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Tropical Beef Technology Services

Tropical Beef Technology Services (TBTS) is a joint initiative between Meat and Livestock Australia (MLA), the Agricultural Business Research Institute (ABRI) and nine tropical Breed Societies. The TBTS project began in August 1997 after it was recognised that the level of BREEDPLAN performance recording in tropical seedstock herds was at a far lower rate compared to their British and European breed counterparts. The following information relates to the 4th term of the TBTS project which ran from July 2008 to August 2011.

It has long been acknowledged that genetic progress in beef cattle is slow due to long generation intervals and, in many cases, low selection intensity on traits of economic importance.  However, genetic progress is cumulative and can be maintained at modest annual costs. The TBTS project has assisted many seedstock herds, and animals within  those herds, to be involved in Australia’s national genetic evaluation program, BREEDPLAN TBTS has played an important role in extending a range of messages relating to beef genetics and selection to the northern beef industry. Technical support and communication activities over the term of the project included a biannual SBTS & TBTS Update newsletter, two webinar courses involving over 1000 seedstock producers across Australia, 20 workshops/field days with an estimated audience of 601 producers and 51 on property consultations with seedstock herds in northern Australia.

The TBTS project has contributed to there being a significant number of animals within seedstock herds, and bulls available to commercial industry, having accurately described genetics. This is through published BREEDPLAN EBVs for a range of traits and Selection Indexes. While the number of BREEDPLAN herds and percentage of animals with at least one post-birth weight recorded for genetic analysis purposes has plateaued, the percentage of animals being recorded for other traits of economic importance such as fertility, carcase and temperament has significantly increased.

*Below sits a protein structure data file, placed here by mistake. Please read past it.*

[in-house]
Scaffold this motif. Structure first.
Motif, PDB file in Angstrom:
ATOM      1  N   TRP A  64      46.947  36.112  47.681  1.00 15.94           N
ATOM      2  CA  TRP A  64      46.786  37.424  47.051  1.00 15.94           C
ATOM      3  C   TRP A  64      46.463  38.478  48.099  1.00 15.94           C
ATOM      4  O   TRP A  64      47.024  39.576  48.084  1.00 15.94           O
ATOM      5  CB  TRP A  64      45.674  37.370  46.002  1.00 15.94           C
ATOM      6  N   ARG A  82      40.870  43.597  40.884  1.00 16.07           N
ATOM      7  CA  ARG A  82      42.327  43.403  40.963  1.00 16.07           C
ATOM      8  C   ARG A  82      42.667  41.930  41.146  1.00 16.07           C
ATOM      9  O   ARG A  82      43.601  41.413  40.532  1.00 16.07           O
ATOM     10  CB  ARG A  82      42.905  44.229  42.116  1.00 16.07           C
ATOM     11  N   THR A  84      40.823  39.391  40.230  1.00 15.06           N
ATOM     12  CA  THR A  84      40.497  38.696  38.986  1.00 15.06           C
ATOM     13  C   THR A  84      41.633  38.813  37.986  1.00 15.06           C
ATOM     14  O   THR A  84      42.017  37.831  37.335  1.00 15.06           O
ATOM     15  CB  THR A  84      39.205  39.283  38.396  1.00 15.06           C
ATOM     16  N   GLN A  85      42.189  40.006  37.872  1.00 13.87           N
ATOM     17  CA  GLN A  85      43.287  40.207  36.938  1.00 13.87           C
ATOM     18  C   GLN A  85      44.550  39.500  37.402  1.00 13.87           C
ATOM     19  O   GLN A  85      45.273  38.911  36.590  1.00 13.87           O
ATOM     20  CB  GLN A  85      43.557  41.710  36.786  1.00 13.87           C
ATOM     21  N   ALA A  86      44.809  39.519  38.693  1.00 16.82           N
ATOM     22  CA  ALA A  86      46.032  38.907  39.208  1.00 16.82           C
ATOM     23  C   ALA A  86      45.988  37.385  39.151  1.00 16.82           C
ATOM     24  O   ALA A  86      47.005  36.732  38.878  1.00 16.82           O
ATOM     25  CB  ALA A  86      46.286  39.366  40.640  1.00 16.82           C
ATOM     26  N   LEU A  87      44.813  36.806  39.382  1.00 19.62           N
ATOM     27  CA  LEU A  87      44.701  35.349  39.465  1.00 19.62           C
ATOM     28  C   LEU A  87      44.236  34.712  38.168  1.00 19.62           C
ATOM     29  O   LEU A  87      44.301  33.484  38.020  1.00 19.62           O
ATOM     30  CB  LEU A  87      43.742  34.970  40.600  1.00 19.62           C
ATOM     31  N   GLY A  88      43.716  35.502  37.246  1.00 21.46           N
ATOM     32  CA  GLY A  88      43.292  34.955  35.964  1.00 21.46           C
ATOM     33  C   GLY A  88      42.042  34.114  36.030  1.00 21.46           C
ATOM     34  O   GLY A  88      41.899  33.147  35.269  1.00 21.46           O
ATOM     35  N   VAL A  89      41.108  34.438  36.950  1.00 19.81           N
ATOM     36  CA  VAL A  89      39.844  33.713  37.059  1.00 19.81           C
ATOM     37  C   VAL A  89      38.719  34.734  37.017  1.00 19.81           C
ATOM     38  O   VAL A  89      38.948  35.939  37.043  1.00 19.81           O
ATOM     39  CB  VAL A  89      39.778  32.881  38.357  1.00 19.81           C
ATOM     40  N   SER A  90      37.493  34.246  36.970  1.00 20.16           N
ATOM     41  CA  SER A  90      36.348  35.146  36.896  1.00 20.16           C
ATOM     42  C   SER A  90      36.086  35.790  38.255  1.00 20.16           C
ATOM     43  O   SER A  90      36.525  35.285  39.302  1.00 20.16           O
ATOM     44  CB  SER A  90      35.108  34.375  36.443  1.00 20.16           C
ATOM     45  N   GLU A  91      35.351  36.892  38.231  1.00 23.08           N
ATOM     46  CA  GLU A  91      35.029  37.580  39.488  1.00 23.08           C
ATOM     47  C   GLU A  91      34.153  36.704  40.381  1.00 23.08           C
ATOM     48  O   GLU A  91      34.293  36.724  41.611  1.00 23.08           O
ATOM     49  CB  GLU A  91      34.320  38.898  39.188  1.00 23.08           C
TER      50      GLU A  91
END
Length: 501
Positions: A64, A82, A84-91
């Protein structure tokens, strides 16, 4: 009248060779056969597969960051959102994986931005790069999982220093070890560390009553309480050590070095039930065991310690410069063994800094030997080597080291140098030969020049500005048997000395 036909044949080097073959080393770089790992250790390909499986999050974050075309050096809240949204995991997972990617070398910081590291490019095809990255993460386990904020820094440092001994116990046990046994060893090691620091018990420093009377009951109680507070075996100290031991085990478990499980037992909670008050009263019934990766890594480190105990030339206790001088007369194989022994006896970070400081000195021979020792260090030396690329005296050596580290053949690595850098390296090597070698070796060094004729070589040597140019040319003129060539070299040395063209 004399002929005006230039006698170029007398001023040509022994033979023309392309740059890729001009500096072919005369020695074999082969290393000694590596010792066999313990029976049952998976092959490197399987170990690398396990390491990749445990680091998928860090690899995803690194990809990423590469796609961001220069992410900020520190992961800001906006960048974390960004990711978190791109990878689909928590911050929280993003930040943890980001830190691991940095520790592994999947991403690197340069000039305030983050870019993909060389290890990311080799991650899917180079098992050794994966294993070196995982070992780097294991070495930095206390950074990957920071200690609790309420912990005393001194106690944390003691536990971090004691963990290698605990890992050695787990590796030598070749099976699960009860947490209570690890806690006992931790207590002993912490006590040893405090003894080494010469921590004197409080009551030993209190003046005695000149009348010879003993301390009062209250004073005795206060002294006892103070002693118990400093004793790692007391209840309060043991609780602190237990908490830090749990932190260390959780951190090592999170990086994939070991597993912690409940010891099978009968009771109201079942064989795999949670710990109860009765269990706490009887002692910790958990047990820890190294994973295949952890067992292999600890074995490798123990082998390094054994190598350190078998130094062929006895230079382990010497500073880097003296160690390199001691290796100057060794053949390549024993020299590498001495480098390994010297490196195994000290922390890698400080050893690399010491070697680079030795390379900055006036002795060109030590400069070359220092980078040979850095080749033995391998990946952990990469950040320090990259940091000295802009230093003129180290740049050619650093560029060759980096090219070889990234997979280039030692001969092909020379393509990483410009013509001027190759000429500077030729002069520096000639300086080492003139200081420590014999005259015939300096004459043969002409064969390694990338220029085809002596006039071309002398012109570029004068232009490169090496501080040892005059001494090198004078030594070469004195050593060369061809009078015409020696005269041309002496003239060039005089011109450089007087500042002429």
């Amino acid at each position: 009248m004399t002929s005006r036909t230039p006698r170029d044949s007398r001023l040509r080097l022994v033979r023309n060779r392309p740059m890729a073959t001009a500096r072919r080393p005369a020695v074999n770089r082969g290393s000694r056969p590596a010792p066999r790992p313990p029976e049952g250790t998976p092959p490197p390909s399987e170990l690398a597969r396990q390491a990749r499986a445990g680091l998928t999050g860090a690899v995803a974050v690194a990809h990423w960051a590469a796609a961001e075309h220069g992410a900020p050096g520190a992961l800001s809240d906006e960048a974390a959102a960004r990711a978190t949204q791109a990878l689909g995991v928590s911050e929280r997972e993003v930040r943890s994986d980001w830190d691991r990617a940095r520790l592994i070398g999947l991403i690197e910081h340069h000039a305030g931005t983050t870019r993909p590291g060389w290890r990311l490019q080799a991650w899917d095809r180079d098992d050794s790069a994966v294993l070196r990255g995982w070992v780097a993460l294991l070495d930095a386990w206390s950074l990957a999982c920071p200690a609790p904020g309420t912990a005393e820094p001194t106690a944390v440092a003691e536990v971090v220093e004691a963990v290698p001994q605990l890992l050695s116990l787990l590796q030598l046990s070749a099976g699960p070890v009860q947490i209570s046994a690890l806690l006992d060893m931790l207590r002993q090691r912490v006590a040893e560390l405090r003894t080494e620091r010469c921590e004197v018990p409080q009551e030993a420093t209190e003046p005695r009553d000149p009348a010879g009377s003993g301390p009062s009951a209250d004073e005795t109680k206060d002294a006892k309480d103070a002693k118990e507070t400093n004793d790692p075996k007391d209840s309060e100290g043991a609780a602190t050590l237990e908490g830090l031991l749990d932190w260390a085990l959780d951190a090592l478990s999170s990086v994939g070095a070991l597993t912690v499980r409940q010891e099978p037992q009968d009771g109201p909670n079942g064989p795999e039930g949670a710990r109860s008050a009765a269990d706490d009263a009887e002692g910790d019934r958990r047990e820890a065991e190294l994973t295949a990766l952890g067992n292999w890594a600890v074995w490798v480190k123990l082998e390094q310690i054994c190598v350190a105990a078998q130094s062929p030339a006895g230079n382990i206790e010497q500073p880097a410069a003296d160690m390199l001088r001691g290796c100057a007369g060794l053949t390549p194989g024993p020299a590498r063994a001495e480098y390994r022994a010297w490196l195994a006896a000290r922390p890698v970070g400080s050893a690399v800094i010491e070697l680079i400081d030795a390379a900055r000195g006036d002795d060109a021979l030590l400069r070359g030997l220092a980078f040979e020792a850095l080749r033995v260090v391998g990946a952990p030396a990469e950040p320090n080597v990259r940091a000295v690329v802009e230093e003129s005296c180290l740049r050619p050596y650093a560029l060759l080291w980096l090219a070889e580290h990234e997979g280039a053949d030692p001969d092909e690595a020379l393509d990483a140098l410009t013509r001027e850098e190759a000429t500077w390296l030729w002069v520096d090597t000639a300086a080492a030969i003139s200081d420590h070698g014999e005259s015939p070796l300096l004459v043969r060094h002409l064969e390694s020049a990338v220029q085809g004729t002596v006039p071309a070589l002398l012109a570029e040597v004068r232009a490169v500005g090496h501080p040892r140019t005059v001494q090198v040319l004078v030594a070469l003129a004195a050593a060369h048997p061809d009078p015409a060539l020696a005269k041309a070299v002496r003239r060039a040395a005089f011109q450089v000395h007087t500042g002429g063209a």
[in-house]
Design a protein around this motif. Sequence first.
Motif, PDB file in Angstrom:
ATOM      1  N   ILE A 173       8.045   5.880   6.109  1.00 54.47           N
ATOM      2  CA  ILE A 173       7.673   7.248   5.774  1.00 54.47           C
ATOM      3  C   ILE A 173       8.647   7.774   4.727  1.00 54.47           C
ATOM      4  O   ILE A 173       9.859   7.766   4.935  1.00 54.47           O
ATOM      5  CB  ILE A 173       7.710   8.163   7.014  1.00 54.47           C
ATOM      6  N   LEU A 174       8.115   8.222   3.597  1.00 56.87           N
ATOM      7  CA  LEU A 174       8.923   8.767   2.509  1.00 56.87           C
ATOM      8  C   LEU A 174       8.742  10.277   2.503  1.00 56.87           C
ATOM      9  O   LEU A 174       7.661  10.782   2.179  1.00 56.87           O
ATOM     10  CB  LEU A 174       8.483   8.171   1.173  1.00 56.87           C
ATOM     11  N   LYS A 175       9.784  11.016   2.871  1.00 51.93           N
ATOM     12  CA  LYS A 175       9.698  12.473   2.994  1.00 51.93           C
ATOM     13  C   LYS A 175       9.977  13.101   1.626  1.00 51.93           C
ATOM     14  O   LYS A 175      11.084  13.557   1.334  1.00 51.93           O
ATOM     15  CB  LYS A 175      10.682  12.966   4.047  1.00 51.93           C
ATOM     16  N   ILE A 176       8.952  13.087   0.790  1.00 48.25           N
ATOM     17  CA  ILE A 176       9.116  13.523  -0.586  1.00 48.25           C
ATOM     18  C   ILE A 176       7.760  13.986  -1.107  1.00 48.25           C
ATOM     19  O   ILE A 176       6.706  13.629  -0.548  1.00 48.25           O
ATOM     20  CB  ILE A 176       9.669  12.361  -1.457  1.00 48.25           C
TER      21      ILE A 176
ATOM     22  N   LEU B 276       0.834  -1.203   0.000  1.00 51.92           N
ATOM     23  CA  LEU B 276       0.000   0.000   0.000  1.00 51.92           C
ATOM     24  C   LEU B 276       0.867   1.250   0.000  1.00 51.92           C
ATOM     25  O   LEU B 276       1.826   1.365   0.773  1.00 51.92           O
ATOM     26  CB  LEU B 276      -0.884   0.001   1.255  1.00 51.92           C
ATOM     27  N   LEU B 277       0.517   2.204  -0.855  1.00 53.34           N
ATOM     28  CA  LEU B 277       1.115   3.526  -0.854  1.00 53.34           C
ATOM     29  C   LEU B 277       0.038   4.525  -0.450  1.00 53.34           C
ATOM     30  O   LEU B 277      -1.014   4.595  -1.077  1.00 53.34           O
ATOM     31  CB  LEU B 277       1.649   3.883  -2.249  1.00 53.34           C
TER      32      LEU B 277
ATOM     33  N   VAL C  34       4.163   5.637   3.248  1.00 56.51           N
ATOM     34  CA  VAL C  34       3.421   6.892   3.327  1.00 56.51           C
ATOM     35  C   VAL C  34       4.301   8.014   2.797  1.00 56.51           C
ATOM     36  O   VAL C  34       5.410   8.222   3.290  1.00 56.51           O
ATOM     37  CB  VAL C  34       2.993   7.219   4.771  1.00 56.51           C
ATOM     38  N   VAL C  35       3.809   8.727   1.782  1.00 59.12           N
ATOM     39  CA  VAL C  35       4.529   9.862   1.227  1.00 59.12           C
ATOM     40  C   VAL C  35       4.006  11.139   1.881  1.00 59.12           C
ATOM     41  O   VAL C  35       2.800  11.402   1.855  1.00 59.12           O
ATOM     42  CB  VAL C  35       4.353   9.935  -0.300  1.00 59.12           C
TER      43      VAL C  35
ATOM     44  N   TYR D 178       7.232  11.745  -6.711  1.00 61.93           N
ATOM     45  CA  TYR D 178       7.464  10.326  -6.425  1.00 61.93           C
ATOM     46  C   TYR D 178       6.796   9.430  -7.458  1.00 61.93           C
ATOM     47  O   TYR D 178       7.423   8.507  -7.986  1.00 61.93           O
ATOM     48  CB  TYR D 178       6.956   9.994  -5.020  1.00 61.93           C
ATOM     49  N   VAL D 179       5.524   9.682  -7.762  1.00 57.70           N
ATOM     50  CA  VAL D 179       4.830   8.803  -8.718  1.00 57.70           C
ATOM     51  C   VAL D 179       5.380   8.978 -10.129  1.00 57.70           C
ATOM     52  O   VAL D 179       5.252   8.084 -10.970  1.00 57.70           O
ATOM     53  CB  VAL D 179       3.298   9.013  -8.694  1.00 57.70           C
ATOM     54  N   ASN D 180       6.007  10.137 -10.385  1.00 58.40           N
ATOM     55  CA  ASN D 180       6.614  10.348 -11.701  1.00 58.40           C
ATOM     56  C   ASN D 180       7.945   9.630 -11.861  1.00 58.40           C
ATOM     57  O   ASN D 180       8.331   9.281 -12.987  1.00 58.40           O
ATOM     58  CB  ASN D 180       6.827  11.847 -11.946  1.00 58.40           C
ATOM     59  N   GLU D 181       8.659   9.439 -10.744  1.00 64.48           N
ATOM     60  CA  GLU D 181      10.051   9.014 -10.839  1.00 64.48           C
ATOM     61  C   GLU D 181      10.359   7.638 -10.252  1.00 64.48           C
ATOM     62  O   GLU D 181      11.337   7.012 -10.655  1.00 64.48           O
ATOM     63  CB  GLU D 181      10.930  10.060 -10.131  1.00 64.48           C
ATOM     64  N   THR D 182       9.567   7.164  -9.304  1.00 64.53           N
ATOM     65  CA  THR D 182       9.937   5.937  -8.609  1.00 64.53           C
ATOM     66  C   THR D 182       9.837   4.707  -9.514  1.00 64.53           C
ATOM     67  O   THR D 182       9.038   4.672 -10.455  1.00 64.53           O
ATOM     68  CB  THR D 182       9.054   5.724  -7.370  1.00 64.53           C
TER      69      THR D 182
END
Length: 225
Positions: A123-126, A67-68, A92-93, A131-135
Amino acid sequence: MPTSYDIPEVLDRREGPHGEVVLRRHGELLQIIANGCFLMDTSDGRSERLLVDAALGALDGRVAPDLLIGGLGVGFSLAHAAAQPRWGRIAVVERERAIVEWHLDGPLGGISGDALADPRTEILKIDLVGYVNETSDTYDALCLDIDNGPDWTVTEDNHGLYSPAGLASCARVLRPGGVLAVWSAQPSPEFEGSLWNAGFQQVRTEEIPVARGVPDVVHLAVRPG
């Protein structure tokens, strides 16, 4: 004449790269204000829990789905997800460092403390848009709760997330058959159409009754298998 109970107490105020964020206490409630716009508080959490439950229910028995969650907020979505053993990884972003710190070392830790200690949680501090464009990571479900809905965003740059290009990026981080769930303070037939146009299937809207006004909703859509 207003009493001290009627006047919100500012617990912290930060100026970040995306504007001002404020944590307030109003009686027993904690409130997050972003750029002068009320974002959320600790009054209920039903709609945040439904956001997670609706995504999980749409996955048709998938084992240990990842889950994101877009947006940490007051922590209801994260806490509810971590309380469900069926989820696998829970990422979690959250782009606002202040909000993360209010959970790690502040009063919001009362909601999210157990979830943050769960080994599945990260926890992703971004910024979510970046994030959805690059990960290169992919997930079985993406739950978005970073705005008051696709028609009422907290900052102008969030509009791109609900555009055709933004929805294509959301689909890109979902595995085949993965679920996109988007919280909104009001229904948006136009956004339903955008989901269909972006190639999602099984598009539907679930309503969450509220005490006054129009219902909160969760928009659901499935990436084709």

The number of herds submitting joining records for the female fertility analysis (Days to Calving) has doubled from 15 to 30, the percentage of calves with a 200 day weight recorded that also have a scrotal circumference and/or live animal ultrasound scan for carcase traits increased to 46% (males only) and 24% respectively. There is regular collection and submission of flight time records as an indicator of temperament and tenderness for 3 breeds, and the number of breeds with at least one Selection Index published has increased from 2 to 4.    

Combining the Selection Index genetic trends of Brahman and Santa Gertrudis provides an estimate of the overall average rate of genetic progress (in $ terms) currently being made in the Northern Beef industry.  Using this combining method, the average rate of genetic progress has increased by 66% when comparing the 2001 to 2005 calving years with the 2005 to 2009 calving years. That is,  $0.67/per cow mated/year between the 2001 to 2005 calving years compared to $1.11/per cow mated/year between the 2005 to 2009 calving years.  

The improvement in profitability via genetics is most effectively estimated using the combined Brahman and Santa Gertrudis Selection Index trends. The net dollar ($) gain to the northern beef industry via Brahman and Santa Gertrudis genetic improvement (over the term of this project) is conservatively estimated to be $4.5 million per year.

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581.8KB 12/10/2011

This page was last updated on 21/07/2017

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